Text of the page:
The leadership development of Jesus is the most healthy and productive strategy known to man.
So what did Jesus teach his disciples about becoming leaders?
1. Leaders Do Not Focus on the Weaknesses of Those They Lead
When Jesus recruited his disciples to follow him, they were not the most polished group of men. (Jesus and His Motley Crew of Disciples) After the arrest of Jesus, his disciples did not show the character or skills of strong leaders. They did not seem to have the “advanced skills” needed to carry on the ministry of the Lord.
During the arrest of Jesus, the disciples ran away. (Matthew 26:56) One of the key leaders, Simon Peter denied that he even knew Jesus (Matthew 26:69-75) and after his crucifixion all the disciples locked themselves in a room to hide from the authorities. (John 20:24-31) This does not appear to be a group of well trained, ready to serve leaders!
Even after all of these events, Jesus returned after his resurrection to this same group. These seemingly weak followers of Christ were the very ones that he was determined to put in charge of his ongoing work and the expansion of the Kingdom of God. (Matthew 28:19-20)
2. Leaders Do Not Focus on the Failures of Those They Lead
The way that Jesus treated his disciples was a great lesson in how to handle the failure of those we lead.
Always remember this statement, “Failure is not an unforgivable sin.” Failure can be a tremendous lesson in the development of character. When his disciples failed it was not a means for Jesus to strike them off his list of possible leaders. It was evident in the ministry strategy of Jesus and the development of future leaders that he was not looking for perfect people.
What Christ looked for in the character of his followers was to find those who would be willing to be faithful. These same individuals would benefit and grow from his forgiveness as much as his training.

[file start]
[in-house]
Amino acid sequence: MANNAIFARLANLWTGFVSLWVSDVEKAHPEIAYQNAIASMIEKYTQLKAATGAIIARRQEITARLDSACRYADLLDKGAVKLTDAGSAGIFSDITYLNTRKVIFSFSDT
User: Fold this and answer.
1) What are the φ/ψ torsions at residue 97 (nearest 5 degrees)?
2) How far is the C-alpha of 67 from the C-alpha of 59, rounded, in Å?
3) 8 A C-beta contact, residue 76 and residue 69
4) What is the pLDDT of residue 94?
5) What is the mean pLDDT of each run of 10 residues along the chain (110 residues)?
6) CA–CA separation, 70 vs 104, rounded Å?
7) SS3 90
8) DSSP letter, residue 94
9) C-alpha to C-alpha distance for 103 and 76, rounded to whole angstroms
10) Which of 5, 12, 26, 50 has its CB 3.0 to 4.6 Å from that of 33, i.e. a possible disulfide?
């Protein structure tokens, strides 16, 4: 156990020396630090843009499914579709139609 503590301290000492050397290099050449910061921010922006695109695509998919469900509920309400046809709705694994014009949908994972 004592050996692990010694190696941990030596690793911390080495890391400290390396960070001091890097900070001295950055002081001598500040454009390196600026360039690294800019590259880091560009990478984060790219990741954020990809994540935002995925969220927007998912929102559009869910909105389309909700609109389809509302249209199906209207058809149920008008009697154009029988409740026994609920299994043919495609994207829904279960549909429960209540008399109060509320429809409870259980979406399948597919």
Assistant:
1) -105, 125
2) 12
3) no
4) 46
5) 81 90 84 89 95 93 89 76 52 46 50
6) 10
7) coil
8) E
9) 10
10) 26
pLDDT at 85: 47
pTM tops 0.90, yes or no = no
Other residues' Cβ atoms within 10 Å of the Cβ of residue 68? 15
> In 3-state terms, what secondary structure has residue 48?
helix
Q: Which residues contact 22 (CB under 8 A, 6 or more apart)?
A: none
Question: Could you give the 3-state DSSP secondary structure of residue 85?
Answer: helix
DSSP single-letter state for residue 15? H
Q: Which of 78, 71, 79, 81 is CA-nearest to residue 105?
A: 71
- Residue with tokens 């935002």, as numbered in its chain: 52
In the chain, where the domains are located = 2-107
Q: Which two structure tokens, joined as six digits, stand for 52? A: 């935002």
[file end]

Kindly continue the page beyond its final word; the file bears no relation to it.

3. Leaders Encourage the Development of Those They Lead
The leadership development of Jesus gives some basic guidelines for those who are trying to encourage followers to grow as leaders. Here are four basic points of those leaders who are trying to grow other leaders:
- Be faithful to those you are leading even when they disappoint you.
- Help create an environment in which failure and shortcomings can be the fuel for positive growth.
- Give those you lead the freedom to fail. Failure in not desired but when it happens, allow it to be a time for personal development.
- Expect failure to be a part of growing leaders.
What we say about our own abilities can be disappointing. Our words and promises can be big and arrogant. They also can open us to absolute and utter failure, like what was said to Jesus before his crucifixion:
“Peter said to Him, “Even if I have to die with You, I will not deny You!” And so said all the disciples.” (Matthew 26:35)
Not long after this statement, Simon Peter denied that he even knew the Lord at all. (Matthew 26:69-75)
Leadership development can teach strong lessons in failure and self-disappointment. Just remember, after the several mistakes and failures the disciples made, they became men who help change the world with the Gospel of the New Testament.
Jesus used failures to develop men of high character.
It is a wonderful principle to notice. Even when failure takes place it can be one of the greatest experiences of learning Failure can help prepare an individual for bigger things!